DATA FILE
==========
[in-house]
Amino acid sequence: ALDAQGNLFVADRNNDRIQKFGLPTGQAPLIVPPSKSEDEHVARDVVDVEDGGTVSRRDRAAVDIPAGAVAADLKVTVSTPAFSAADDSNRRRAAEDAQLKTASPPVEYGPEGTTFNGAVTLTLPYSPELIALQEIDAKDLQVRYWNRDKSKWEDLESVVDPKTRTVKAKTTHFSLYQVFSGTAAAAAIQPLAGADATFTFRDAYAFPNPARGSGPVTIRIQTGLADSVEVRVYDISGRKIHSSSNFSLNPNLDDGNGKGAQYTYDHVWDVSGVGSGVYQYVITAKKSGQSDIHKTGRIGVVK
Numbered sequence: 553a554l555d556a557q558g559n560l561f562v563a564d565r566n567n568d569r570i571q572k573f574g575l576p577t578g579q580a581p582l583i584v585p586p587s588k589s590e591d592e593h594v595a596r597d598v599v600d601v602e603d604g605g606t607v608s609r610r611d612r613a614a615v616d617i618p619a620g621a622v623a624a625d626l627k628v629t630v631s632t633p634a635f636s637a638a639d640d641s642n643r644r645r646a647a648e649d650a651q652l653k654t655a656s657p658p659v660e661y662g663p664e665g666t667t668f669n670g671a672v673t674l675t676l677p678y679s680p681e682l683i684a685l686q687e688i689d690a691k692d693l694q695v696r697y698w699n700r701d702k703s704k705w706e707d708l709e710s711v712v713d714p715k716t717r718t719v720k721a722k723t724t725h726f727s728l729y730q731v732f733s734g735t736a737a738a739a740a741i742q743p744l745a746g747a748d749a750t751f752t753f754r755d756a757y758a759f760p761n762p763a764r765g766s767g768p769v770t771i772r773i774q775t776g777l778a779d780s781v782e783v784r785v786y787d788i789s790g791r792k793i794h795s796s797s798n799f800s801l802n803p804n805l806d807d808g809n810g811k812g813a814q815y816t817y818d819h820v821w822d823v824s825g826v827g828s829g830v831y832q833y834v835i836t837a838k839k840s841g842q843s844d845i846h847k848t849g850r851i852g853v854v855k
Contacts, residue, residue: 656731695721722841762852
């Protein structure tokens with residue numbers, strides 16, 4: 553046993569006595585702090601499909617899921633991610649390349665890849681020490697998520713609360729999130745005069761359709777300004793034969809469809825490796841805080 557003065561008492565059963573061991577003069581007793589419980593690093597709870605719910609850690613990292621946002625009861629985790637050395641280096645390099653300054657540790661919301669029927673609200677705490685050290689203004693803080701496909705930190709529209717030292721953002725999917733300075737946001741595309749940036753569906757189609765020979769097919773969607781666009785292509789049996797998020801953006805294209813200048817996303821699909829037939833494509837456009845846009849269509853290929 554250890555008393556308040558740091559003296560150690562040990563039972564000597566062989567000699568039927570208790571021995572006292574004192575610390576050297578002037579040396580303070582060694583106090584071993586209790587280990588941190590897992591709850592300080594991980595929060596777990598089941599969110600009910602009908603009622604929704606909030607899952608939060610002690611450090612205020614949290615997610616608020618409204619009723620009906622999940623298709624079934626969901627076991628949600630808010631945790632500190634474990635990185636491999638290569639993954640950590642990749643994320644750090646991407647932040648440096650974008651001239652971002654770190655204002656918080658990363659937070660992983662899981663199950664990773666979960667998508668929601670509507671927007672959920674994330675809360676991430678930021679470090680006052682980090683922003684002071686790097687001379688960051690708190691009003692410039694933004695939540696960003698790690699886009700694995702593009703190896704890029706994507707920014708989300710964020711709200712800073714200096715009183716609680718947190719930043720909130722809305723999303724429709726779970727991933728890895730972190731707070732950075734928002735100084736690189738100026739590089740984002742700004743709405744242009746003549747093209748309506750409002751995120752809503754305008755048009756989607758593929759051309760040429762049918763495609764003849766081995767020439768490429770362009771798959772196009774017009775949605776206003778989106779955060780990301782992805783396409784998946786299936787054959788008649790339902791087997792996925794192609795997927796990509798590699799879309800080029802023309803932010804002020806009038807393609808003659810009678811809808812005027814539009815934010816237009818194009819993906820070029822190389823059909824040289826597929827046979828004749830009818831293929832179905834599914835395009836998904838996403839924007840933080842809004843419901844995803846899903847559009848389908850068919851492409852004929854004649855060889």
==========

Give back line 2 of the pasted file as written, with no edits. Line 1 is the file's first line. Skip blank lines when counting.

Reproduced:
Amino acid sequence: ALDAQGNLFVADRNNDRIQKFGLPTGQAPLIVPPSKSEDEHVARDVVDVEDGGTVSRRDRAAVDIPAGAVAADLKVTVSTPAFSAADDSNRRRAAEDAQLKTASPPVEYGPEGTTFNGAVTLTLPYSPELIALQEIDAKDLQVRYWNRDKSKWEDLESVVDPKTRTVKAKTTHFSLYQVFSGTAAAAAIQPLAGADATFTFRDAYAFPNPARGSGPVTIRIQTGLADSVEVRVYDISGRKIHSSSNFSLNPNLDDGNGKGAQYTYDHVWDVSGVGSGVYQYVITAKKSGQSDIHKTGRIGVVK